That said, it is amazing how much time changes things. My MIL has done a 180 over the years. (& she said something to me recently that tells me she still expects my dh to have great career ambitions - HA! BUT... I do honestly think she let it go and was supportive for several years because our kids were thriving so much). The older I get, the more amazed I am how much people change their opinions over time. Just a reminder that when you are true to yourself that other people eventually come around.

    My mom was always that person who was there for everyone in their hard times, because she wasn't working. I will never understand why people don't value those who don't have traditional jobs or who aren't making money. My takeaway is the opposite. We need more selfless people in this world and I have always greatly admired people like my mom or dh, who have very different strengths and talents. They are the ones with more patience to raise kids, to sit by sick bedsides, etc.

    As with anything, I am pretty moderate. I do enjoy my job and probably plan to work mostly forever. I thrive on a schedule. But I've never been ambitious or career-driven either. My current job is a great mix of high-pay and flexibility. Though I have a lot of responsibility in some respects, there is a LOT of responsibility that I don't take on. I've never had a big commute; I refuse to work crazy hours. I personally feel like I am winding down my career.

    I've thought about mostly not telling people when I retire or even when I switch down to part-time eventually. People just get weird about it. I tend to be a very honest person and I don't really want to hide it. But... I think it's one of those things not everyone needs to know. If it comes up, it comes up, but mostly is no one else's business.

  6. Carol Says:

    I was a SAHM and then I had a 20plus year career. Raising kids is a worthwhile occupation. However, when I read your blog, I am amazed that you self critique as having no ambition. You and your husband, but especially you, are one of the most planful people who writes here. You just have very personal, unique, non- traditional goals. I hope your mom comes to accept and value that.

  7. FrugalTexan75 Says:

    I don't love my job, but I don't hate it either. I work because I have to. If I was in a position to NOT have to work, I can think of all sorts of things I'd do with my time. You aren't doing *nothing* - you are doing one of the most important jobs there is - raising your kids!

  8. Miz Pat Says:

    People who base their worth on their jobs die when they retire because they no longer have a reason to live.

    Do what you want - you are not hear to fulfil anyone's ambition even your mom. Raising children is more than honorable and incredibly important. I'm amazed.

    Take care.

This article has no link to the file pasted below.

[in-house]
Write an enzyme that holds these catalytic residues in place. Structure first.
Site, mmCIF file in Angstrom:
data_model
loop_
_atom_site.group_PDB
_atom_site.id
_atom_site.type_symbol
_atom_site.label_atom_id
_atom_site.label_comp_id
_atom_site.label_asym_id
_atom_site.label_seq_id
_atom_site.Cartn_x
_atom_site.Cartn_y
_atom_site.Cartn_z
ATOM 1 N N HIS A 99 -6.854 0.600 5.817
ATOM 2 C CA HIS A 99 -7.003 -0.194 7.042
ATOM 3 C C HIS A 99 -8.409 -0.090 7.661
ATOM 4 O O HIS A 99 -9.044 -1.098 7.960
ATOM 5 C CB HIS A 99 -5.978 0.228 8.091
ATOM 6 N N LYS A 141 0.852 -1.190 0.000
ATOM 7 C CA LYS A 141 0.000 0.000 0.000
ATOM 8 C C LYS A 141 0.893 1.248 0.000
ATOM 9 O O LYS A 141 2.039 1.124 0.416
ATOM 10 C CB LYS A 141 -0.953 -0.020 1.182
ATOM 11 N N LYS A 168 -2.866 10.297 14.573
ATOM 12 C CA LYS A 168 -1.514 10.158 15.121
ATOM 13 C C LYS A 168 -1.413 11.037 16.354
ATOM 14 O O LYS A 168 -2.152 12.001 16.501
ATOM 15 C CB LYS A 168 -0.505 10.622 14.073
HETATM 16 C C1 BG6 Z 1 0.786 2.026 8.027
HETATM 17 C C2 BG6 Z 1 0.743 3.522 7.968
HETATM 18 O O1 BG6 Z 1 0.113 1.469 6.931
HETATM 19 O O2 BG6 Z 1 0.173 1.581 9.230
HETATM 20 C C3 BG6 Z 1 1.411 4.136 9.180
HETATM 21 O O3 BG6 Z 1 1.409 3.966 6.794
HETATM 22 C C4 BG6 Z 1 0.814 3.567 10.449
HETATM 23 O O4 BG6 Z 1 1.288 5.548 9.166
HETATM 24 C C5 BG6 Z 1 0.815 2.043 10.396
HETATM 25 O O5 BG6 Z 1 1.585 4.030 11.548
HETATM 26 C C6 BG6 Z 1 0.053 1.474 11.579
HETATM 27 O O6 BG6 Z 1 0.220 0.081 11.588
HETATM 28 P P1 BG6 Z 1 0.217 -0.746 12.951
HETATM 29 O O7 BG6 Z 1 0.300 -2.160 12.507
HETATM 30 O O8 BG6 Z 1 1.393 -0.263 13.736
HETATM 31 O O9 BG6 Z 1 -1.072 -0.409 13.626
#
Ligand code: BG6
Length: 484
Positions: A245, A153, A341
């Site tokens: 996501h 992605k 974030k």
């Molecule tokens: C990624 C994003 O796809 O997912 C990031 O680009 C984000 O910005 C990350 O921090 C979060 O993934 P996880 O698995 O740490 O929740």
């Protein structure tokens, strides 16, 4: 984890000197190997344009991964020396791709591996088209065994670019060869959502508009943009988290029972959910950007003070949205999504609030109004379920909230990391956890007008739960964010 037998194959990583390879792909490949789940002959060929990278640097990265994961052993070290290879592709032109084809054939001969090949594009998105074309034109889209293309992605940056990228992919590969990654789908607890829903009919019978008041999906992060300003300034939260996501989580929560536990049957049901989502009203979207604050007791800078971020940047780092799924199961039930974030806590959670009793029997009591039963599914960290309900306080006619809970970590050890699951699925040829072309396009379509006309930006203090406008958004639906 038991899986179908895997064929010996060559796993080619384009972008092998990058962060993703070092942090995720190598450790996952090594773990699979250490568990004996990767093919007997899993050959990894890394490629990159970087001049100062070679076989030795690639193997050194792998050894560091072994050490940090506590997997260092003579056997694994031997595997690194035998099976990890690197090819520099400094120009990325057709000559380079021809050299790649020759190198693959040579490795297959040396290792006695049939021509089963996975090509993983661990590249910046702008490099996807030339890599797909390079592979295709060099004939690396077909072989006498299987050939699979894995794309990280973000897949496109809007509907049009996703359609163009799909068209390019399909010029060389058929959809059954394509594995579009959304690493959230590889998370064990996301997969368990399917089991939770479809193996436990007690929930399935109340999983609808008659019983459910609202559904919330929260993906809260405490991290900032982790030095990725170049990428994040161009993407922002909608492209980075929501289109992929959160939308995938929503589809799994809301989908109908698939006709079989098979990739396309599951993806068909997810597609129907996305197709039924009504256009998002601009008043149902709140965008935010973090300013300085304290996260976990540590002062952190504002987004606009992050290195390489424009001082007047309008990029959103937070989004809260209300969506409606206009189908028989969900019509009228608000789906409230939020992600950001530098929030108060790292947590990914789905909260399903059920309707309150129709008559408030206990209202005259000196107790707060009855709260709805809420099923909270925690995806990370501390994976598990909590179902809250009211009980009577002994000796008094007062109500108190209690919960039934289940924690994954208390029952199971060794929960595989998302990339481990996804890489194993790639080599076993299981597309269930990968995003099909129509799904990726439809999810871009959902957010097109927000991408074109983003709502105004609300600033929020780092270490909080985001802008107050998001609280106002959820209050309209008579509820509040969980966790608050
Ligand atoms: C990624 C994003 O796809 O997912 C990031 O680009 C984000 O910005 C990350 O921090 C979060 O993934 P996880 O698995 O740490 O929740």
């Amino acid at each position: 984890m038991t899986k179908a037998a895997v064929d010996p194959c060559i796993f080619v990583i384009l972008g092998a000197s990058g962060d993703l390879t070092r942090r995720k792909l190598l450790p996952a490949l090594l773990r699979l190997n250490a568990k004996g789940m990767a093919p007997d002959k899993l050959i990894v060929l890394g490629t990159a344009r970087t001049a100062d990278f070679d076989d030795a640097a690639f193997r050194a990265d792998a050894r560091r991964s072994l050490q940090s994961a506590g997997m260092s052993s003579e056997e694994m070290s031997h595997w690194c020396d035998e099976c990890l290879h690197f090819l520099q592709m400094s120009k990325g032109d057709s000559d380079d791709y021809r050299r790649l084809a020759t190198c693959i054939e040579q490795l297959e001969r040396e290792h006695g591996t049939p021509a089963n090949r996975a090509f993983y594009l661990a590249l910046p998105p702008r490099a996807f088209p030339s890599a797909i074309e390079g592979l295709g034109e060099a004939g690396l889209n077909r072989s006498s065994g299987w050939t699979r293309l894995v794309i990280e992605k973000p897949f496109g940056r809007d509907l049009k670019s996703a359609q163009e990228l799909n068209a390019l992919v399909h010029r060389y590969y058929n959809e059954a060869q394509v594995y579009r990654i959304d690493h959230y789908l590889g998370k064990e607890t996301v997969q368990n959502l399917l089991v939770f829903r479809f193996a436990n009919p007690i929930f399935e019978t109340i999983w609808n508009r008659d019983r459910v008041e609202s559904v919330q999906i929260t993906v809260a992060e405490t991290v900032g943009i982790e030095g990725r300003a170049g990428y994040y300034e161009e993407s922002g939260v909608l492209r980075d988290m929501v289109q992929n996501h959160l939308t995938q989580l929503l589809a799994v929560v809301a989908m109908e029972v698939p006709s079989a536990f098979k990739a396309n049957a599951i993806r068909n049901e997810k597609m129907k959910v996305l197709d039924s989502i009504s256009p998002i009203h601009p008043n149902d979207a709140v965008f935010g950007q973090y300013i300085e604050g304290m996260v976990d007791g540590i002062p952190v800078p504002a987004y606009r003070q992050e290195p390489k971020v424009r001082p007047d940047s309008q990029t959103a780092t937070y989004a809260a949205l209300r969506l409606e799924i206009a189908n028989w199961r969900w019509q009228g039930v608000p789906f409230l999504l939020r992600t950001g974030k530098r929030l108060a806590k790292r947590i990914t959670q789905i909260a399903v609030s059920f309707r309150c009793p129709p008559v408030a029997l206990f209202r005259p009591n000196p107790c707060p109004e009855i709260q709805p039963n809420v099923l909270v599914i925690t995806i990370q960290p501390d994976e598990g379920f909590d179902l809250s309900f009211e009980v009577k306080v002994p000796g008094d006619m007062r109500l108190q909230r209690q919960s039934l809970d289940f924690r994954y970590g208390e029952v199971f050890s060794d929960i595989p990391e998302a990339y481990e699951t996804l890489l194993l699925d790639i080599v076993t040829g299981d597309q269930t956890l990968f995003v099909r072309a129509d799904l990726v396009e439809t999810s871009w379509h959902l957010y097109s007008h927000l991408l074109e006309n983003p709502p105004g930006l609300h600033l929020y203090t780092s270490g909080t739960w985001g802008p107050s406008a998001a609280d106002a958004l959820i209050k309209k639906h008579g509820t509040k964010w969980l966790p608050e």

9. VS_ozgirl Says:

    To make your mother not embarrassed how much personal sacrifice would there be on your part? I'm guessing a lot. And I don't think it's worth your time trying to impress her. You've created a life that you're impressed with on the inside, you and your husband stand by your own rules. Your mother should be proud that you're happy with your life and are a good person! Keep doing what you love Smile

  10. PatientSaver Says:

    Try not to worry about what other people, including your mom, say or think about your life. What's important that YOU figure out what will make you happiest. If it's staying home with the kids, then do that. This is such a subjective issue that no one but you can make that decision for yourself.

    I'll add a different viewpoint to those above because I don't have kids, or a spouse for that matter, so I have always worked except for a number of involuntary breaks caused by job layoffs.

    I work because I have to. I have had many rewarding jobs and have learned a lot over the course of my career, but being an introvert, success in the workplace doesn't come naturally. Even as a writer, you're still required to collaborate, work with the team, attend endless time-wasting meetings and so on. So if i had my druthers, I would not be working full time as I have many interests and things I'd like to pursue (tracing my family tree, for instance) if only I had more time.

    This is why my long-term goal has been semi-early retirement at age 60. Not having to work for a living means freedom to me, freedom to make my own choices and decide how each day will be spent. Freedom from mind-numbing sameness, so much time wasted doing unproductive tasks and feeling a bit resentful doing things like driving 6 hours to attend a meeting. Yes, retirement can't come soon enough.

  11. Livingalmostlarge Says:

    Laura S, why is your husband working? Is he disabled? Unable to find work? Does he want to work? Or is it he needs new career training?

    CCF I think that staying at home the hardest part is not being acknowledge for doing "work". It's staying at home raising kid. There is no pay to acknowledge the work. It's even harder than making friends and not being lonely. That is an easier problem to solve.

    Ceejay, i guess it's the expectation that I would go to school and use my degree for something. To "become someone". Climb the corporate ladder or something and be "successful". I don't know how else to explain it.

    Janelle, sounds like a great work life balance you found for you and your spouse. I think it wonderful that he got to "retire" when it happened.

    MM I agree it's hard to tell people that you are scaling back or retiring early. I'm not even sure my DH will retire early but I could be wrong. He might enjoy work he'll do it. If not the plan is still to "retire" at 55.

    Carol what did you go back and do for 20 years after kid? What you did before or something different? Well I lack ambition and my DH too to climb the corporate ladder. To be "the VP or president." The job at the end of the day is a job to pay the bills and enjoy life.

    Frugaltexan there is a lot of pleasure in being with the kids right now. Some days not so pleasurable but others it's amazing.

    Ms Pat its I had heard that as well. I hope that's not true for people.

    VS_oz she's not embarrassed by who I am. But what I do. LOL. But it is hard to please her and I'm not sure that I even could.

    Patient Saver Thanks for the perspective. I think that if i were working I'd likely be dreaming of the day i could retire. What about train up the night before to Boston staying somewhere then taking the train back?